Best practices for phone security

As is the case with other devices, the first line of defence for the safety of the information on your mobile phone is to physically protect the phone and its SIM card from being taken or tampered with.

  • Keep your phone with you at all times. Never leave it unattended. Avoid displaying your phone in public.

  • Always use your phone's security lock codes or Personal Identification Numbers (PINs) and keep them secret (unknown to others). Always change these from the default factory settings.

  • Physically mark (draw on) the SIM card, additional memory card, battery and phone with something unique and not immediately noticeable to a stranger (make a small mark, drawing, letters or numbers, or try using ultra-violet marker, which will be invisible in normal light). Place printed tamper-proof security labels or tape over the joints of the phone. This will help you easily to identify whether any of these items have been tampered with or replaced (e.g. the label or tape will be mis-aligned, or leave a noticeable residue).

  • Make sure that you are aware of the information that is stored on your SIM card, on additional memory cards and in your phone's memory. Don't store sensitive information on the phone. If you need to store such information, consider putting it on external memory cards that can easily be discarded when necessary – don't put such details into the phone's internal memory.

  • Protect your SIM card and additional memory card (if your phone has one), as they may contain sensitive information such as contact details and SMS messages. For example, make sure that you do not leave them at the repair shop when your phone is being serviced.

  • When disposing of your phone make sure you are not giving away any information that is stored on it or on the SIM or memory card (even if the phone or cards are broken or expired). Disposing of SIM cards by physically destroying them may be the best option. If you plan to give away, sell or re-use your phone make sure that all information is deleted.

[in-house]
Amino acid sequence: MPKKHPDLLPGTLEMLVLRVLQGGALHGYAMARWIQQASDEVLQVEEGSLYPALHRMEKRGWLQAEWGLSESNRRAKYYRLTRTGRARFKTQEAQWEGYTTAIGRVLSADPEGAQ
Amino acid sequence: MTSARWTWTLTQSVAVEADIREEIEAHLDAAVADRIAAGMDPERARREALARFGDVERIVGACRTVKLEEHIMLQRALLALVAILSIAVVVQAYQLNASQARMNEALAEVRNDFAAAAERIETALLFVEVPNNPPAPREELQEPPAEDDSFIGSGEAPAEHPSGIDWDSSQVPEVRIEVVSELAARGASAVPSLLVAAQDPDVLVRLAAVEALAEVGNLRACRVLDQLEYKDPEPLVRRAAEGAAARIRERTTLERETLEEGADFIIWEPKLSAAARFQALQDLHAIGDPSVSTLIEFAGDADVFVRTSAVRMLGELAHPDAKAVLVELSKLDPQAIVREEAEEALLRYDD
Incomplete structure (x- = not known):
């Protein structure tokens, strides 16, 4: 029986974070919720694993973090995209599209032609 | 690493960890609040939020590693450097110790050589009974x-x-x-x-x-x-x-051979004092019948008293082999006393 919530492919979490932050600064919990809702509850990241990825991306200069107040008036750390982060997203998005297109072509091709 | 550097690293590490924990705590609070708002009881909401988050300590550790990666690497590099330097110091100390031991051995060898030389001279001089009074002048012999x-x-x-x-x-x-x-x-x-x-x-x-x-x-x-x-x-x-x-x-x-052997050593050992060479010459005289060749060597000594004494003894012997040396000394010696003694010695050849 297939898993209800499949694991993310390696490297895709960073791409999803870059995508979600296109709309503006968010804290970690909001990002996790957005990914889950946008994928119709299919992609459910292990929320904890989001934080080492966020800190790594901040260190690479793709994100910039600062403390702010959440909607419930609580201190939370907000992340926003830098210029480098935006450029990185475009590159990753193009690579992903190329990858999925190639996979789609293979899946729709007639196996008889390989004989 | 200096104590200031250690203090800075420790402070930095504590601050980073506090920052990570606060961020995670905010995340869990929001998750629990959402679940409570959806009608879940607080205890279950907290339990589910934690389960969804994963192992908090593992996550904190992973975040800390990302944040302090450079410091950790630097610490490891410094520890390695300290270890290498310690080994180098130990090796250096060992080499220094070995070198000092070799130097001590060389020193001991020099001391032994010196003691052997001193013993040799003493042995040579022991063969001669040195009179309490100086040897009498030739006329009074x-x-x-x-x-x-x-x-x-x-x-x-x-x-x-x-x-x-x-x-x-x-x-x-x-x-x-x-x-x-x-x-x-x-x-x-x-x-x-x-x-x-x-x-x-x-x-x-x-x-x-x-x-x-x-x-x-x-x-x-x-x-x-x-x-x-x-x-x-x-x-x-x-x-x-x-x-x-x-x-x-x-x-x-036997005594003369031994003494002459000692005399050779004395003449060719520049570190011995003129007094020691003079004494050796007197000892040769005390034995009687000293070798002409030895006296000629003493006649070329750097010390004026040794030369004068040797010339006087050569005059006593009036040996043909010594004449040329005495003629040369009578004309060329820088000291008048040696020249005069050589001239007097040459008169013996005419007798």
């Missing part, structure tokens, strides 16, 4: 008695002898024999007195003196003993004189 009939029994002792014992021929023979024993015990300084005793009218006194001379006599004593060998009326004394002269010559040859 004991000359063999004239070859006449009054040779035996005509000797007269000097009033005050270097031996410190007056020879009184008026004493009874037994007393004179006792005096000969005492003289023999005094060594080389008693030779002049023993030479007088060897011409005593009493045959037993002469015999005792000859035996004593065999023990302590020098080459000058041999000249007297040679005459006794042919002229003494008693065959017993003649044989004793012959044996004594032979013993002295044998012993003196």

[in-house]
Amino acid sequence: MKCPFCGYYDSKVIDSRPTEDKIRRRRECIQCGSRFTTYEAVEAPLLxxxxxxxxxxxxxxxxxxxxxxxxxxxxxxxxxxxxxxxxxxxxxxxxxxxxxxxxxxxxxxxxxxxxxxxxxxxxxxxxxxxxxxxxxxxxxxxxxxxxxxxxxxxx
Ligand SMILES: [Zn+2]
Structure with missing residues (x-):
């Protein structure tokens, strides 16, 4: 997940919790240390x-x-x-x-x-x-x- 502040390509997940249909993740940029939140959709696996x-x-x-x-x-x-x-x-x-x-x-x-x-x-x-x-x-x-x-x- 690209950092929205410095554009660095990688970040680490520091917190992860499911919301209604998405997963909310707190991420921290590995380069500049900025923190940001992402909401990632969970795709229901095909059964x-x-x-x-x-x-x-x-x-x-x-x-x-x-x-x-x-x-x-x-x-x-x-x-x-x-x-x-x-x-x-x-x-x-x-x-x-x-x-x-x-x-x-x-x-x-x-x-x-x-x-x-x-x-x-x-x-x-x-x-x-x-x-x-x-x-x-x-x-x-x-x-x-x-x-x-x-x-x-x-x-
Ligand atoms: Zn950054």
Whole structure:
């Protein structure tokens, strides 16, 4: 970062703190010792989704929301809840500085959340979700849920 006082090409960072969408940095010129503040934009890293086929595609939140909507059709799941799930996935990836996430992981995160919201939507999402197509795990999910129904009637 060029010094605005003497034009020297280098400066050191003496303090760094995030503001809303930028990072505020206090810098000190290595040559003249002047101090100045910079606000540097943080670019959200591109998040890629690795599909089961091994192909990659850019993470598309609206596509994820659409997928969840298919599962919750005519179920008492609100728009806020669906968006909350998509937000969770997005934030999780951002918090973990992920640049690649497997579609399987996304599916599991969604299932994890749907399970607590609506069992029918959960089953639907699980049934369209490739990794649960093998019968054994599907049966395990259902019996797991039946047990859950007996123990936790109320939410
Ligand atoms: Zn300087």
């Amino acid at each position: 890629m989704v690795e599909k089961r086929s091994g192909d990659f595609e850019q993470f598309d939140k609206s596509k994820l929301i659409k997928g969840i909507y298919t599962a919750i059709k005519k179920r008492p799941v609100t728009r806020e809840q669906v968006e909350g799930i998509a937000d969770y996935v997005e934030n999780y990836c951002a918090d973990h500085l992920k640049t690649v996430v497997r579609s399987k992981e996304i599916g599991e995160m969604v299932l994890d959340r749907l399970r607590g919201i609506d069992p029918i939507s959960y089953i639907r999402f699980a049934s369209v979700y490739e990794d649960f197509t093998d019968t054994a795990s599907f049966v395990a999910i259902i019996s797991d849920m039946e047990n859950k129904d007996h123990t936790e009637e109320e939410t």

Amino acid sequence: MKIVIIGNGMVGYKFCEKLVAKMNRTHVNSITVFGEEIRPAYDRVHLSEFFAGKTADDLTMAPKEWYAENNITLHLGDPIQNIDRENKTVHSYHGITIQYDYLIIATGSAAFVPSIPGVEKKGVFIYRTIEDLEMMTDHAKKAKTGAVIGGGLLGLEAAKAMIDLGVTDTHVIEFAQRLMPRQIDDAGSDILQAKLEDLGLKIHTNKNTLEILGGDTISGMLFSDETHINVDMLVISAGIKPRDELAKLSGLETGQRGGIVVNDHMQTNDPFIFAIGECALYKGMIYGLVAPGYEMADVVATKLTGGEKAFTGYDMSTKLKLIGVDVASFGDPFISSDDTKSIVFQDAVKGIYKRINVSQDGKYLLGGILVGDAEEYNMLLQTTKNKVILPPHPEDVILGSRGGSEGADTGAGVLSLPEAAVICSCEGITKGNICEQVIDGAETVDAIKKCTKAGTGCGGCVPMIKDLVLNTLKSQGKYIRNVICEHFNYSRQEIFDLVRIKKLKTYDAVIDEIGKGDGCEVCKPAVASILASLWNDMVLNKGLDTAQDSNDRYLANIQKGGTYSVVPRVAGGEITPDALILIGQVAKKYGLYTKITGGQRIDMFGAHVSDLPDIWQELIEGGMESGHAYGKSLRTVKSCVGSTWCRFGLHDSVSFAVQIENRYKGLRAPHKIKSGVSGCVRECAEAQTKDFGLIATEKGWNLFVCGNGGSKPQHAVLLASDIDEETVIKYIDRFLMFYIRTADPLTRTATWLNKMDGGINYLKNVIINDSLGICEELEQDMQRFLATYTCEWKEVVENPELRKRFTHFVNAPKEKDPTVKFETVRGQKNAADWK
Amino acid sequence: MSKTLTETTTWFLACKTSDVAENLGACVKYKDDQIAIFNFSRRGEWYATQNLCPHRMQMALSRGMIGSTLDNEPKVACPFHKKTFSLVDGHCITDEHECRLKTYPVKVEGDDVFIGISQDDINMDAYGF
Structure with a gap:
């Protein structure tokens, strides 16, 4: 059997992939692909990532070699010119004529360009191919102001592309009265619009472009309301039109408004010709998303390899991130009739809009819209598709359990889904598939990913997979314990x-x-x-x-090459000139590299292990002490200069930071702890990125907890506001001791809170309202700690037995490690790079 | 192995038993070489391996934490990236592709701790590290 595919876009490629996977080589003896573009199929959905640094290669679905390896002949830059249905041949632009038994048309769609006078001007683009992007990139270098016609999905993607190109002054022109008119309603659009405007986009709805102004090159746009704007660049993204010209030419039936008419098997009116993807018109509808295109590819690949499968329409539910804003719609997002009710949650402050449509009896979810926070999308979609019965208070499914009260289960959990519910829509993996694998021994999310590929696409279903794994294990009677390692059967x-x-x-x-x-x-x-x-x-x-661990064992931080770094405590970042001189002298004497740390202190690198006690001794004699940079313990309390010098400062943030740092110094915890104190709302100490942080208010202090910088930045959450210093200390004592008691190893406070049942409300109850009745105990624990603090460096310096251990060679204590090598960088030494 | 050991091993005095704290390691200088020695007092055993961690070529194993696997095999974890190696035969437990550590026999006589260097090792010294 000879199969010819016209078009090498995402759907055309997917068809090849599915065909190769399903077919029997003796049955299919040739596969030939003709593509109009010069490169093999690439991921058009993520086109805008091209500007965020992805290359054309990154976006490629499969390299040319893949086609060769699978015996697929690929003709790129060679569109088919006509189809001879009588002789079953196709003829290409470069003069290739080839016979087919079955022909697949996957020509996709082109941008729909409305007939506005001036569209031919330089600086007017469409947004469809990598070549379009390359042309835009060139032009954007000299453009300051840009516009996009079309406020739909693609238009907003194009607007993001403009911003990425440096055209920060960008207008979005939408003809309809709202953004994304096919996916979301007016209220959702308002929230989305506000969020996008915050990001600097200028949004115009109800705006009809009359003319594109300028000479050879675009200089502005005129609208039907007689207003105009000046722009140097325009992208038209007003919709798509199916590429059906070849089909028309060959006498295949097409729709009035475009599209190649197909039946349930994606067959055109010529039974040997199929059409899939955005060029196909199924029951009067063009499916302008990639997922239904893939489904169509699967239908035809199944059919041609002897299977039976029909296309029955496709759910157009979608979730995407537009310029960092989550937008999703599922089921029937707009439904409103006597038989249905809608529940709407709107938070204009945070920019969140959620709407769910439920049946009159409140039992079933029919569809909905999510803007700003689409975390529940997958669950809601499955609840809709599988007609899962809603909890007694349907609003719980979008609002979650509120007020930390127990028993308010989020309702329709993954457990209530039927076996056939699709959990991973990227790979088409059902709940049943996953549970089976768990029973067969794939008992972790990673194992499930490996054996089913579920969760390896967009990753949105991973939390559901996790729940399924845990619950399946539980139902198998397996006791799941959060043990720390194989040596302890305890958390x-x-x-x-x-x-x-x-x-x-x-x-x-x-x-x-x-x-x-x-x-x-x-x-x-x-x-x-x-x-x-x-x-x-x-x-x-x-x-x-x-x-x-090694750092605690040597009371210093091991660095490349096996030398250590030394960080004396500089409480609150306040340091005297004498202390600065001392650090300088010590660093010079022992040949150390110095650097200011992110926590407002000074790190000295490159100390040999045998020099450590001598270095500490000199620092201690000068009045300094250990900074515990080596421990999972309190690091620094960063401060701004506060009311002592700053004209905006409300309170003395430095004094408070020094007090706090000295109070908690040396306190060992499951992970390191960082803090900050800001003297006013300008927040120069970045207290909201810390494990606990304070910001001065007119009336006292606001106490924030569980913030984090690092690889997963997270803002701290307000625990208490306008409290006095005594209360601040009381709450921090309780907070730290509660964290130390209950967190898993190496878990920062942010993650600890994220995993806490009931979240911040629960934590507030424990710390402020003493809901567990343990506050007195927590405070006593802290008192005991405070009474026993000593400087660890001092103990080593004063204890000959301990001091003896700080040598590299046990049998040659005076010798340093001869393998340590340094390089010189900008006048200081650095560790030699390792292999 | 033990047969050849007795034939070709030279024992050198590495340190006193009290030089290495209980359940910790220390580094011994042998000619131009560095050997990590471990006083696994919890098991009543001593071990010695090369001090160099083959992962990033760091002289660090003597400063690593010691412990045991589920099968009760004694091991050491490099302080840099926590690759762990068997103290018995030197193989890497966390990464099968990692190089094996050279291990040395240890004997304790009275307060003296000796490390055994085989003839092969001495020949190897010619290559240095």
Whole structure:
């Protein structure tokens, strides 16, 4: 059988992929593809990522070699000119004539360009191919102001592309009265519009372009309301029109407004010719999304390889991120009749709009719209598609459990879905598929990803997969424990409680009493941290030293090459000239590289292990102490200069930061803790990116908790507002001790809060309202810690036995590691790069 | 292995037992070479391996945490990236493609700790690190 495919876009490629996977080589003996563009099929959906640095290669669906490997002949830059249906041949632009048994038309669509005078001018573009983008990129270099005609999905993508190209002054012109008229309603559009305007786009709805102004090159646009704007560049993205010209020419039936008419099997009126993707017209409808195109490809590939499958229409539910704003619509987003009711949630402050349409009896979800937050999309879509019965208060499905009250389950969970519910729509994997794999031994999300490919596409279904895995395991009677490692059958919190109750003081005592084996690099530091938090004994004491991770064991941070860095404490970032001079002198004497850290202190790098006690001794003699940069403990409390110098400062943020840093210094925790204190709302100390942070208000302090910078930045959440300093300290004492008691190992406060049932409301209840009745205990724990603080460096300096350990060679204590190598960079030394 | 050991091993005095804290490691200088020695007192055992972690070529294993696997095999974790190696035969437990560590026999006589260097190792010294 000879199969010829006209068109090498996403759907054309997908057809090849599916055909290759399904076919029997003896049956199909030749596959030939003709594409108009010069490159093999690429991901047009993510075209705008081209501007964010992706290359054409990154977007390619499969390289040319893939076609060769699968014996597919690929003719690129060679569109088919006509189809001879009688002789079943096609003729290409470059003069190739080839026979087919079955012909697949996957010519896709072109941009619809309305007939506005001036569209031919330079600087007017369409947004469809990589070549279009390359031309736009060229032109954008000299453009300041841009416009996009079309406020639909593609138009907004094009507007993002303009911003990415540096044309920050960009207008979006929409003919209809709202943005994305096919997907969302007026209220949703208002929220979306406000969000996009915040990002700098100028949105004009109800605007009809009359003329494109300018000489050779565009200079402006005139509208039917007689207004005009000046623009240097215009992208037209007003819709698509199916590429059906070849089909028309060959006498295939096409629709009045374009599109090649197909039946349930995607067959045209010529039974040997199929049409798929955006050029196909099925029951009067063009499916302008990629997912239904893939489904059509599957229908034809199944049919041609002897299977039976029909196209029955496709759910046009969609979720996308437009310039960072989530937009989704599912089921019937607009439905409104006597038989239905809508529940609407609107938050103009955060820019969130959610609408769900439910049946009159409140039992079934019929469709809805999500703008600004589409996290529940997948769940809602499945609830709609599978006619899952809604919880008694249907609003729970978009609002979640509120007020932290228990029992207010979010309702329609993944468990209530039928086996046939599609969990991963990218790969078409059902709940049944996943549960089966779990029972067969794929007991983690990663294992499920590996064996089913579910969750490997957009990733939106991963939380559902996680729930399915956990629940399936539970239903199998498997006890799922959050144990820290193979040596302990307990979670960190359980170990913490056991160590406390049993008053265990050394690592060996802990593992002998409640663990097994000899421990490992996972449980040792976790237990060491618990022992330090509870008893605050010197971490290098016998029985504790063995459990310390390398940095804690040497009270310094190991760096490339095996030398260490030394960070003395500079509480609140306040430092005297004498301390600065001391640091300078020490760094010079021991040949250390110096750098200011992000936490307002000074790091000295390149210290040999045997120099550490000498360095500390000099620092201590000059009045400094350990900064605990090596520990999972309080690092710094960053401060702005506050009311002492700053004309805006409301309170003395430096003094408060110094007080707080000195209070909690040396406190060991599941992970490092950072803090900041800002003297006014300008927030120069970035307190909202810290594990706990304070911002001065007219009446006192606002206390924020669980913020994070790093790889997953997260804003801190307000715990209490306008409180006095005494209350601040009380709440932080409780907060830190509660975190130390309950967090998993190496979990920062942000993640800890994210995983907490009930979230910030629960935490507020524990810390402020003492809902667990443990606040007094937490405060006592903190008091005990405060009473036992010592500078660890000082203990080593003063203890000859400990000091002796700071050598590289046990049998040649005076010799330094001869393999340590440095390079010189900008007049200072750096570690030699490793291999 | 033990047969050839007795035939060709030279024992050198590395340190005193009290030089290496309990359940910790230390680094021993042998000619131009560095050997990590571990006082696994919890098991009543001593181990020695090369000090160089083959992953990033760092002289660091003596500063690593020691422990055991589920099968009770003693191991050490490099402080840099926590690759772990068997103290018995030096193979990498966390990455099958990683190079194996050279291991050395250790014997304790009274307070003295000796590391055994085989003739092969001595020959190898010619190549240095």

• Consider using only trusted phone dealers and repair shops. This reduces the vulnerability of your information when getting second-hand hand phones or having your phone repaired. Consider buying your phone from an authorised but randomly chosen phone dealer – this way you reduce the chance that your phone will be specially prepared for you with spying software preinstalled on it.

  • Back up your phone information regularly to a computer. Store the backup safely and securely (see chapter: 4. How to protect the sensitive files on your computer. This will allow you to restore the data if you lose your phone. Having a backup will also help you remember what information might be compromised (when your phone is lost or stolen), so you can take appropriate actions.

  • The 15-digit serial or IMEI (International Mobile Equipment Identity) number helps to identify your phone and can be accessed by keying *#06# into most phones, by looking behind the battery of your phone or by checking in the phone's settings. Make a note of this number and keep it separate from your phone, as this number could help to trace and prove ownership quickly if it is stolen.

  • Consider the advantages and disadvantages of registering your phone with the service provider. If you report your phone stolen, the service provider should then be able to stop further use of your phone. However, registering it means your phone usage is tied to your identity.